Cherish
The Sick Child: Courtesy of Edvard Munch

Trigger Warning: This short story, fictional work will be semi-graphic in nature regarding pedophilia/familial child rape, death & dying, and choosing to end the life of one’s child. If this is something you think you should not be reading, please, do not continue.


Marci sits at her daughter’s bedside. Tubes, lines, beeps, buzzes, and everything else that disrupts the child’s rest is alive and doing its job. She hangs her head slowly, embracing the trembling hands of her only daughter — peace is nowhere to be found. The room smells of overcooked death and analgesics. Every doctor within their specialty has had their say — they plead with Marci to “pull the cord,” to let her youngest go in peace. A rare form of bone cancer, Ewing sarcoma, is having its final say on their daughter’s life. Marci thinks about the decision, her husband is opposed. She whispers to Cherish, letting her know her pain.

“It’s a decision I never wanted to make. What mother wants to kill her child? What mother can? Your Daddy — heavy in his groveling, begs me night and day not to let you go. But, is this living? Cherish, are you alive in there?”

Cherish turns her head but her eyes remain closed. A small breath of air leaves her chapped lips. She tries to speak, but nothing comes forth. Marci continues. She is praying to her daughter’s trembling hands instead of the God she has known for forty years. She is praying to the monitors, to the adjustable bed, to the sanctity of this very moment between her and her daughter, but not to her God.

“Cherish, sweet baby, if you can hear me, squeeze my hand. Squeeze Mommy’s hand. Just one squeeze and I will know what to do. Just one squeeze, please. Please, baby.”

There is no response.

No hand squeezing, not even a faint understanding of what is being said. Cherish is dwelling in two worlds — caught up between the souls of the ancestors of Marci and the ancestors of her father, Lincoln. They are arguing over the young girl’s soul — who gets to have it when she is gone? Marci continues, the room in its quiet reveal, suddenly becomes noisy. Lincoln walks in with their son Colin. They come bearing flowers and a teddy bear. Cherish stirs in the sterilized bed, twitching her feet, and slowly moving her head.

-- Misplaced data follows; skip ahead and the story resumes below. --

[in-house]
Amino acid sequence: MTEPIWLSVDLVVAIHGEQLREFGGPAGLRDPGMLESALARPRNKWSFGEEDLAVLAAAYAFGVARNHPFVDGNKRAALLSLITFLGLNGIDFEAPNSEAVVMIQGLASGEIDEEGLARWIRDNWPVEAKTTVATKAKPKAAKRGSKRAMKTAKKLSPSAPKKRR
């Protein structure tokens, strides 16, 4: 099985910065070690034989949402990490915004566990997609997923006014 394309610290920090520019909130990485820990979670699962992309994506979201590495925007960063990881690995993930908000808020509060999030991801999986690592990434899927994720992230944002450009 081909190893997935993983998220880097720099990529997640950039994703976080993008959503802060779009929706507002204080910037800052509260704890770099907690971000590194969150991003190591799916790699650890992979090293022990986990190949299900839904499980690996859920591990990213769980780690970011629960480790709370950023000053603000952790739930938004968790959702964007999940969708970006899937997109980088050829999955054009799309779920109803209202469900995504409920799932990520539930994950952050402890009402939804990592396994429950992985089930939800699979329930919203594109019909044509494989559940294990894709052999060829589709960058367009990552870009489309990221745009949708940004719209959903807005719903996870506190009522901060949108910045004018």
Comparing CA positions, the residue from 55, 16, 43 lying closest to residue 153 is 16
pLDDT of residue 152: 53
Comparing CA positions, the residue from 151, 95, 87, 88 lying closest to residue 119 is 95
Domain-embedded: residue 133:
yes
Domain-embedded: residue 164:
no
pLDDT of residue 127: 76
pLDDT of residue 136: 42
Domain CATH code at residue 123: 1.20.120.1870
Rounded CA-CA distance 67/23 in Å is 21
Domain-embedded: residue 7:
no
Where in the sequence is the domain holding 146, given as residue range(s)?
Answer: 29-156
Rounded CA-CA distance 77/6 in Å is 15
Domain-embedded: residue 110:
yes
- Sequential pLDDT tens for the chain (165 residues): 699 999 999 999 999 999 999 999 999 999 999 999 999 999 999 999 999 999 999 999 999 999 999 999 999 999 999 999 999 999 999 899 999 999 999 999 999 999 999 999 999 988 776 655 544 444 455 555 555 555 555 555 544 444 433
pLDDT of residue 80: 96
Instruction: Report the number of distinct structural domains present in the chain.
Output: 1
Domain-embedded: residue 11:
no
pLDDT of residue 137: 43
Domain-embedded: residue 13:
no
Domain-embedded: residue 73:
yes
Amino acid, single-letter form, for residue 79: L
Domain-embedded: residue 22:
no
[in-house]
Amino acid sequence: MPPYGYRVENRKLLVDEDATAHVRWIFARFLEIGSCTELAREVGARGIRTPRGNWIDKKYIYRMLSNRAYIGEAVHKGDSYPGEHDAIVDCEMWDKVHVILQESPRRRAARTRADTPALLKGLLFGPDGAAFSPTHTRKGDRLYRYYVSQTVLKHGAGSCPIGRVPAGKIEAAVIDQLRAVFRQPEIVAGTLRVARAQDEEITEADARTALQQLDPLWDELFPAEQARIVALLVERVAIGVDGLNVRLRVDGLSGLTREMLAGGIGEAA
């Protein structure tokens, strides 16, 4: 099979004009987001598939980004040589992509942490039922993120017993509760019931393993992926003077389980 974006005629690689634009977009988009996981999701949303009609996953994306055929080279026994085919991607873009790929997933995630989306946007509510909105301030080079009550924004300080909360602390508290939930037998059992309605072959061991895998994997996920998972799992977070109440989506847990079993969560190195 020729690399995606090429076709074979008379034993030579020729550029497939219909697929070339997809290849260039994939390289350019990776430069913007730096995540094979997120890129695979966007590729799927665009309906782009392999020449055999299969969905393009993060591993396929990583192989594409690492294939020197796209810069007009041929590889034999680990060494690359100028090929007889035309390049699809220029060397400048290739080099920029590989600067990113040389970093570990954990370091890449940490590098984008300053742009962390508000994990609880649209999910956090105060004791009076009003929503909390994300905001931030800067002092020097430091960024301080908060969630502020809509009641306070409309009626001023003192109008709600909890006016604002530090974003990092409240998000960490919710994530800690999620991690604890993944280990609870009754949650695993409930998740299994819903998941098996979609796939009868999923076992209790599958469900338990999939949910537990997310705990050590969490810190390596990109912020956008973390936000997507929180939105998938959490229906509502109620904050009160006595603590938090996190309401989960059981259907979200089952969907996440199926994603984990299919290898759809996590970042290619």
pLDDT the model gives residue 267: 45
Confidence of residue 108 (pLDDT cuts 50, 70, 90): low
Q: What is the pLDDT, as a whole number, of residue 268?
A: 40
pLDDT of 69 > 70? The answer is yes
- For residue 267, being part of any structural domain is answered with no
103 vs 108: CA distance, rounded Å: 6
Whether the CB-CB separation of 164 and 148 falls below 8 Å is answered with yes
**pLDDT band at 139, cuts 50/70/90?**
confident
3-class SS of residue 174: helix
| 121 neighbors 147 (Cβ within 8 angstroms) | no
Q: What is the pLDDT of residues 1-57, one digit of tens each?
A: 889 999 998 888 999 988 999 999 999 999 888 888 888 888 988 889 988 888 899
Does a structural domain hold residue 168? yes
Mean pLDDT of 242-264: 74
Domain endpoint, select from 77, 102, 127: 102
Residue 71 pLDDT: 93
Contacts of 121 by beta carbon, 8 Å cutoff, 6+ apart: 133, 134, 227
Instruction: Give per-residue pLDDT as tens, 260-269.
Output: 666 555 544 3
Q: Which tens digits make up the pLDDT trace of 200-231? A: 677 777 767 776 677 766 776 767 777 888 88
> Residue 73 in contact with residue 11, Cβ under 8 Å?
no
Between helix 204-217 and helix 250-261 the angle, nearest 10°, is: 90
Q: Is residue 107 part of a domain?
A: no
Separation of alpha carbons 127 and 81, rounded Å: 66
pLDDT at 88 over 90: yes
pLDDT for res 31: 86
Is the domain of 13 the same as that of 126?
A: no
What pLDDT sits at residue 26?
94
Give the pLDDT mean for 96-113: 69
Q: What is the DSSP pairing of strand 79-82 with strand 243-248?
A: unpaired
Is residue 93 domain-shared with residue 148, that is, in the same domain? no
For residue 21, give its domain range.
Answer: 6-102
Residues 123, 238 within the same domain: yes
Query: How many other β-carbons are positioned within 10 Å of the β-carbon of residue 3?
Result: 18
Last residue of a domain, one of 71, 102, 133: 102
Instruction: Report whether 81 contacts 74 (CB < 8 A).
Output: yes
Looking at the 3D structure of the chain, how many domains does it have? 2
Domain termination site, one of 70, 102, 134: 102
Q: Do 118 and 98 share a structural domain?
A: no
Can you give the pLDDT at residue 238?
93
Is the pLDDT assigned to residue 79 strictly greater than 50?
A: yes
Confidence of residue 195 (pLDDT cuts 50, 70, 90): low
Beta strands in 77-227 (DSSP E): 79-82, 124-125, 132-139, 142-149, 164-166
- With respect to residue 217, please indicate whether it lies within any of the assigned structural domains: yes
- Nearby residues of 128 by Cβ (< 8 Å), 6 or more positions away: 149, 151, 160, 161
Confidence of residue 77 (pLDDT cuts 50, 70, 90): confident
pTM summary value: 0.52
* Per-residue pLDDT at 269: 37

Something is wrong.

“We stopped at the gift shop for Cherish. Colin picked out the teddy bear. I picked out the flowers. How’s our fighter doing?”

Marci picks up on Cherish’s reaction to Lincoln’s entrance to the room. She is squeezing her hand. A mother knows. A mother always knows when something is wrong. Colin has noticed that his sister is having what seems like a fit — the last functioning conversation without words before… before she dies.

“Mom, what’s going on? Is Cherish trying to live? What is happening!?”

“I don’t know, honey. I think she is trying to tell me something. I think she is trying to say something important.”

Lincoln steps closer, he swipes the bit of hair hanging on his daughter’s forehead to the side. Softly, he leans in and places a kiss on her cold cheek.

“Daddy’s here, baby.”

Cherish’s vital signs spark, then plummet. Her body convulses, the room darkens, and everything not bolted down swirls and hovers about the family for five seconds. She squeezes her mother’s hand again. She squeezes much harder this timeA child dying to get away from a perverted father. A child begging for death to come as an escape. A child, with no words, only the squeeze of her mother’s hand.

“I hear you, baby. I hear you.”

Marci kisses her daughter, looks at Lincoln with undefinable rage, and before he can utter one word, she pulls the bedside monitor’s cord. She pulls every tube, cord, and PICC-line sustaining her daughter’s life. Marci is unsure, but as she looks at Cherish one last time, she thinks she sees her smile. The ancestors fighting over her daughter’s soul appear, not only do they take Cherish—

They come for Lincoln too.


Originally published on February 111, 2018, via Medium.

7 Words: How?

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My baby cousin, Caison. He’s much like a best friend of mine. For his arrival, his existence, I am so grateful.

How did God
know
I needed you?


Author’s Note: I found myself in and out of bouts of sadness, wondering when I was going to be happy again, wondering why I was so sad. My cousin gave birth to this incredibly handsome little one this past October and since his arrival, my heart has grown five sizes bigger. I am happier. I feel a sense of deeper connectivity to the Earth, to my loved ones, to God. Just when we think to give up on ourselves, on who we have become, reminders appear. We are only human. We fall, but we aren’t meant to stay down.